Cremains: 9 Things You Should Know
I talk about cremains or ashes in relation to memorials and memorial jewelry often, but what exactly are cremains? What do they look like? Are they safe? I’ve done my best to answer all your questions below.
What are cremains?
Cremains, also known as cremated remains, or ashes are the remains of a person or pet that have been cremated. During traditional cremation, a body is exposed to high temperatures, typically between 1400 and 1800 degrees Fahrenheit, in order to reduce it to ashes and bone fragments. The cremains then go through a machine that breaks down the larger bits of bone. The remains are then placed in an urn or other container for final disposition, such as burial or scattering.
When did Cremation Start?
The practice of cremation has a long history, dating back to ancient civilizations. In Western society, the modern practice of cremation as we know it today began to develop in the late 19th century. The first modern crematorium was built in 1873 by Dr. Franz von Paque in Hamburg, Germany. This was followed by the first crematorium in the United States, which was built in 1876 by Professor Lewis R. Thompson in Washington, D.C.
The popularity of cremation grew in the 20th century, and it became an increasingly common option for funerals. In some countries, cremation is now the most popular choice, with more than half of all deaths being cremated. In the United States, the cremation rate has been growing steadily over the past few decades and is expected to continue to increase in the future.
What do Cremains Look Like?
In traditional cremation cremated remains typically have a grayish-white color and can have a coarse, granular texture similar to coarse sand or fine gravel to a fine powder. They may also have small fragments of bone or tooth among the ashes. The size and shape of the remains will depend on the size of the body and the efficiency of the cremation process, but in general, the average human body can be reduced to about 6 pounds of cremains. Aquamation produces about 9 pounds of fine powder.
What Types of Cremation are There?
There are two types of cremation that produce cremains that are collected:
- Traditional cremation: This is the most common type of cremation, in which a body is placed in a casket or container and then incinerated.
- Alkaline hydrolysis: Also known as water cremation or aquamation, this method uses water and alkaline solutions to break down the body, rather than fire.
Both types of cremation produce cremains, with aquamation cremains being more powder-like.
Are Cremains Toxic?
This is a pretty common question and rightfully so, but cremated remains are not considered toxic, as the high temperatures reached during the cremation process effectively sterilize the remains. However, cremated remains do contain small amounts of potentially harmful chemicals such as heavy metals (e.g. mercury, lead) and other pollutants that can be present in the body at the time of death so it’s important to handle them with care. Before the cremation process, any medical implants, such as pacemakers or other electronic devices, are removed to prevent any damage or toxins.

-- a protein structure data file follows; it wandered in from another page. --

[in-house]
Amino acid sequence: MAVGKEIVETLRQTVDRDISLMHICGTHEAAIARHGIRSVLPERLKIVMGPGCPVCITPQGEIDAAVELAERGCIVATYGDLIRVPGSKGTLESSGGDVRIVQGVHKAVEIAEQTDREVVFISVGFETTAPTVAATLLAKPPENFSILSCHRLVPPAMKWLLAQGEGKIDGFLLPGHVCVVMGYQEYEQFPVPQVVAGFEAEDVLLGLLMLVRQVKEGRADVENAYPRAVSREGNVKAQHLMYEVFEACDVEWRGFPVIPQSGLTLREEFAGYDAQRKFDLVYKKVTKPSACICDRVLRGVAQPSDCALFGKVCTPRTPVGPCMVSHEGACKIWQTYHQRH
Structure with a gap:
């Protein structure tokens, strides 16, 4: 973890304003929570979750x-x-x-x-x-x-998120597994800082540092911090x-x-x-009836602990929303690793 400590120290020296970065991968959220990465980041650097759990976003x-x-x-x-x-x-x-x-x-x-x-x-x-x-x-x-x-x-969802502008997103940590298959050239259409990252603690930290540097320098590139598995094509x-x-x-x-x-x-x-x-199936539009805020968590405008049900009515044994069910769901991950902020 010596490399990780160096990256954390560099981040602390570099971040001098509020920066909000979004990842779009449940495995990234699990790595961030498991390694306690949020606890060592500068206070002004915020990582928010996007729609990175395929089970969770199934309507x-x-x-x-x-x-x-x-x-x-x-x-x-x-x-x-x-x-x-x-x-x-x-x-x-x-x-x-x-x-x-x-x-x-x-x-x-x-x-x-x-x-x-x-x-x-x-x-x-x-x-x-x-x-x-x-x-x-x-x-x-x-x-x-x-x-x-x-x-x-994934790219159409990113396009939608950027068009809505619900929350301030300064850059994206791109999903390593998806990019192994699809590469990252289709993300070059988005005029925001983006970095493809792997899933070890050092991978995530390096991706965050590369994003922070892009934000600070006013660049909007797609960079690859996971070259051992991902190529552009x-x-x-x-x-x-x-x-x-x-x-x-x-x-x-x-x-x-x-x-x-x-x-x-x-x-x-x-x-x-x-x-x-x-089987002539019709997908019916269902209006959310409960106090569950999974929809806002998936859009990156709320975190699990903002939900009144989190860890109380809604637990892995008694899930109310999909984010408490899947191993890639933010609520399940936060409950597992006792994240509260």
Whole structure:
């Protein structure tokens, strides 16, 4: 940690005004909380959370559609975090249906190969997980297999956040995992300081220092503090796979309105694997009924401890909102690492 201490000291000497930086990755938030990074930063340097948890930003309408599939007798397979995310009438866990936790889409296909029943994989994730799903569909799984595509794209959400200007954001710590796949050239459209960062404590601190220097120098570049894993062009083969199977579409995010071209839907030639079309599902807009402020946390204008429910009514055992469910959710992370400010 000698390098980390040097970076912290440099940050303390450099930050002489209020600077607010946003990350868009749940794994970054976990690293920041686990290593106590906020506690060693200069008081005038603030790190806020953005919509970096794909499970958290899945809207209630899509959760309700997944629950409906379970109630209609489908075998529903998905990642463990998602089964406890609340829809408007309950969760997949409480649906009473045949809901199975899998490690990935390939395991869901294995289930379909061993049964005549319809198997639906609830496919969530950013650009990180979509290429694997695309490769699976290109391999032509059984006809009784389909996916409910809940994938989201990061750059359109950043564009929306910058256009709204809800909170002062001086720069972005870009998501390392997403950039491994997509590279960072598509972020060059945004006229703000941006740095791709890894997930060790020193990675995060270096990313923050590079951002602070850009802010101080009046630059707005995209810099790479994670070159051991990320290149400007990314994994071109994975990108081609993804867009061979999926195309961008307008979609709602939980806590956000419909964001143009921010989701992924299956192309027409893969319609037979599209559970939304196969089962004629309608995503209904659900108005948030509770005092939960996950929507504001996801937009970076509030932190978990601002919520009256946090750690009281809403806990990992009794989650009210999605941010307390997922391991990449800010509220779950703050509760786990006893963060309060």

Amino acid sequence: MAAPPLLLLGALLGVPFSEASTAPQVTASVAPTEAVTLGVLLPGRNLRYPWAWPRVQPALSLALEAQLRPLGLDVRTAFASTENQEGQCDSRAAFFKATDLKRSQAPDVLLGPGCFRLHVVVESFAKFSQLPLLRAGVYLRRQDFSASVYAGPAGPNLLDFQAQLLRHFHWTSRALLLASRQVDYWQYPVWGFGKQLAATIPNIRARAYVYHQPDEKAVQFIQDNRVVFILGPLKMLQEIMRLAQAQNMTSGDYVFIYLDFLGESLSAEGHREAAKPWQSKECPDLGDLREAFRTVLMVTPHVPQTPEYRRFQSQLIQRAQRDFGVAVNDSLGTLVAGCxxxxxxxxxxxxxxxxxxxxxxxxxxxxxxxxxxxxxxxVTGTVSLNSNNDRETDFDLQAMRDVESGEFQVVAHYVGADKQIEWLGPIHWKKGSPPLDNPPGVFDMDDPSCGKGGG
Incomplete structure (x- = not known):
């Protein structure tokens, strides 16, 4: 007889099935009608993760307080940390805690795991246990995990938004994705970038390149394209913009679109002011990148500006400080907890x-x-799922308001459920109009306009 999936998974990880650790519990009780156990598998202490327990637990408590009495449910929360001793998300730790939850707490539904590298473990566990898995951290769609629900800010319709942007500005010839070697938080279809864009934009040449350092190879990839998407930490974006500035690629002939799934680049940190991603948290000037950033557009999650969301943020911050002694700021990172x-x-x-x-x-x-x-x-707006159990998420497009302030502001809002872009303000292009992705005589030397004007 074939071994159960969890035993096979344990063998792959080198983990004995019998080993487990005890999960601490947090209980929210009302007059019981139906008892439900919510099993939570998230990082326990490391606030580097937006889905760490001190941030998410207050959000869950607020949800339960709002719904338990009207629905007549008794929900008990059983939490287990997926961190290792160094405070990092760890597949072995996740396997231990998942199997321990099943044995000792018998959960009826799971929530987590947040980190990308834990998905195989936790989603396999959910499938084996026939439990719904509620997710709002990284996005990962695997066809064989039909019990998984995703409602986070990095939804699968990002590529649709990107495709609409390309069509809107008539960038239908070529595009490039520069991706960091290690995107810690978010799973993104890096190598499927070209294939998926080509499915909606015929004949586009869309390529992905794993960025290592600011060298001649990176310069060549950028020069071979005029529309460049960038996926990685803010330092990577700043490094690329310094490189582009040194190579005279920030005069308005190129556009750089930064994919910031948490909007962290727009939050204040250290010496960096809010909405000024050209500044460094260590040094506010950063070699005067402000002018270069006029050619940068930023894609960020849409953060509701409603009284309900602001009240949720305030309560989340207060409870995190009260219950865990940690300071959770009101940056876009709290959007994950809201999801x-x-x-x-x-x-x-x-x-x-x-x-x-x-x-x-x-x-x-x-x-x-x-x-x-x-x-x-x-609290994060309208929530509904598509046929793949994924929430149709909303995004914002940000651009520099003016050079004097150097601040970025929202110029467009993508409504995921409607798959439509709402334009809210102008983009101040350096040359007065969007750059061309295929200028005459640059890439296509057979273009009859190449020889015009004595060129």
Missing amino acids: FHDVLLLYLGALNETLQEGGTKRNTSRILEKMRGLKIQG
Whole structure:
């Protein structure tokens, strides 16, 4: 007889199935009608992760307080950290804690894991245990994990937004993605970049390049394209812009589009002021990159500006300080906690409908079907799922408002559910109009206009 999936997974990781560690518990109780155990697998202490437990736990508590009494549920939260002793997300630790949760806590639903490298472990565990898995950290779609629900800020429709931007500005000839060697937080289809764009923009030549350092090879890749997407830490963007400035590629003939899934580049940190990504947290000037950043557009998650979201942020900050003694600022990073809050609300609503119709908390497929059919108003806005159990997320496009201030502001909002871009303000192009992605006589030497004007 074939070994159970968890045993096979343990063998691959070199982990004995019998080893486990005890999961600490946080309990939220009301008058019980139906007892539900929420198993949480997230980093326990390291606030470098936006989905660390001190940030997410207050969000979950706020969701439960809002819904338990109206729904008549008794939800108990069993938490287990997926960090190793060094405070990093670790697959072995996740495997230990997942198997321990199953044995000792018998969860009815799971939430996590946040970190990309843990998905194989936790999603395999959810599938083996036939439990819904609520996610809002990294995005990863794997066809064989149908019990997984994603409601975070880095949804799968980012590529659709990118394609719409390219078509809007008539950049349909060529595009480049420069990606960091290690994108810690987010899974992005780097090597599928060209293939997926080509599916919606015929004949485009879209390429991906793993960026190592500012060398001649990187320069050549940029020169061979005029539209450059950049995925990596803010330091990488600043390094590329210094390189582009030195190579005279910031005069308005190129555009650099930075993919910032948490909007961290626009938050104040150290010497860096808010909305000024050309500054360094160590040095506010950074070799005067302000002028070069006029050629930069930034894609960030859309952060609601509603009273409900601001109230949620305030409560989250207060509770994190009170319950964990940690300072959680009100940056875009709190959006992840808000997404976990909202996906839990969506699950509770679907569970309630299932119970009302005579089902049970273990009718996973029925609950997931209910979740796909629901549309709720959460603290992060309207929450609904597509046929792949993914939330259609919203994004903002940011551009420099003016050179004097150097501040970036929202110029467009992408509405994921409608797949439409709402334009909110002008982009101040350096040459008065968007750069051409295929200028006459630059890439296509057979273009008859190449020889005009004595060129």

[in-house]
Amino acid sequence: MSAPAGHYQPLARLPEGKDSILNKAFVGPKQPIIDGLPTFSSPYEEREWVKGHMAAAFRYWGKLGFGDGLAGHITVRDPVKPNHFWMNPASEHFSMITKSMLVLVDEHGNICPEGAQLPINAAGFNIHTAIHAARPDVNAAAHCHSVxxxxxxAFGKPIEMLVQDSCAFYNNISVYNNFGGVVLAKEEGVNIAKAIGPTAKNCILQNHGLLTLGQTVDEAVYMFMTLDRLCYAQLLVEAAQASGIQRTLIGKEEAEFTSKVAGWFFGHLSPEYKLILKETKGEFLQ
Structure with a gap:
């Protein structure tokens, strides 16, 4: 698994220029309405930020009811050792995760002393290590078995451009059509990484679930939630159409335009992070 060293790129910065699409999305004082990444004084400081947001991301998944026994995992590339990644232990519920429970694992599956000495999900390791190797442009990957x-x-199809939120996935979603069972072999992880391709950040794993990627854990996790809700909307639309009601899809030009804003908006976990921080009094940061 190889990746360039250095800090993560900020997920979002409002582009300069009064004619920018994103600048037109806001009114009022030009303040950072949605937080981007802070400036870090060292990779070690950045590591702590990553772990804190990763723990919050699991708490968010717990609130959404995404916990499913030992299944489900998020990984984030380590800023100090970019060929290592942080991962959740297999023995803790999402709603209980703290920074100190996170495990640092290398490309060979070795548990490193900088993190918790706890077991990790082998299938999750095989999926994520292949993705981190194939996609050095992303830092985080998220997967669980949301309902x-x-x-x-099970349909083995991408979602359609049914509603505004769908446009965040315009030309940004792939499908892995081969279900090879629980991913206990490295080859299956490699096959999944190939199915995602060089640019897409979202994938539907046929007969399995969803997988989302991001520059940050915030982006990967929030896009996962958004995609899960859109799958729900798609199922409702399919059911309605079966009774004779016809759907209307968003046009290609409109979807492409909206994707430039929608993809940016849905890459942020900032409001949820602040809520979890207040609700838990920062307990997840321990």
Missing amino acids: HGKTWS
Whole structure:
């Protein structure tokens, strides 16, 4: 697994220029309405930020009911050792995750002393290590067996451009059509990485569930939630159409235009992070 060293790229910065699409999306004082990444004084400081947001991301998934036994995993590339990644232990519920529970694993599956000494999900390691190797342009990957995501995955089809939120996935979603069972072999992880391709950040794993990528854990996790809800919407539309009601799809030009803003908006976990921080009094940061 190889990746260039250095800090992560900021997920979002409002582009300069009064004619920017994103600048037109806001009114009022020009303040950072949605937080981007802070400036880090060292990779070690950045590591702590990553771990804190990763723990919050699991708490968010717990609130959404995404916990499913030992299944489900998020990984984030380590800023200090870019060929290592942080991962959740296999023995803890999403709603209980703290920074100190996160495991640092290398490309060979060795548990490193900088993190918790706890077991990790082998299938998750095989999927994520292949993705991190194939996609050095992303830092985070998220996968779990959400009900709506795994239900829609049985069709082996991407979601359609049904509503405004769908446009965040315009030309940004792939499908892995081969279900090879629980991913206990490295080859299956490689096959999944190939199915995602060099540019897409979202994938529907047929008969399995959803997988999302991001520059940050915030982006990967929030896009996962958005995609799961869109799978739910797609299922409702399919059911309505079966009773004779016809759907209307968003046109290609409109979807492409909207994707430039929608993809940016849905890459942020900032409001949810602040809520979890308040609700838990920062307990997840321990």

Can Cremains be Scattered Anywhere?
Some people choose to scatter ashes in a location that has special meaning to them or their loved one, such as a favorite vacation spot or a place where the person lived or worked. It may be surprising to find out that you can’t just go scattering ashes all willy-nilly, anywhere you’d like. There are often local laws or regulations that govern where and how cremains can be scattered. It’s a good idea to check with local authorities before scattering ashes to ensure that you are following any applicable laws or regulations.
Can Cremains be Tested for DNA
Cremated remains do not typically contain DNA. During the cremation process, the body is exposed to extremely high temperatures of around 1700 to 2000 degrees Fahrenheit, which is hot enough to destroy DNA, RNA and other organic molecules.
Can Cremains be Turned into Diamonds or Other Gemstones?
Long story short: No. Sadly, this hasn’t stopped the cremation diamond and gemstone industry from preying on vulnerable, grieving people. You can read more about the scam that is cremation diamonds, here.
Can Cremains be mailed?
Yes! Cremains can be mailed but only through the United States Postal Service (USPS). No other carriers will knowingly ship cremains. The USPS has specific guidelines for the packaging of cremains and they must be shipped via Priority Express. This applies to the cremains as well as any items that contain cremains.
Most memorial artists have some sort of collection kit they provide their customers at the beginning of the memorial process. These collection kits are created using USPS guidelines. If you need to send ashes or memorial items to other friends or family, you can request a collection kit from the USPS and it’s FREE, but you still have to pay the postage.
For me as a memorial artist, cremains are proof-of-life. A life that is so loved and so valued that the very last bit of them has been entrusted to me to memorialize for a lifetime. What an awesome thing it is to be able to provide this service and to be part of someone’s healing process.
Leave your thoughts and comments below!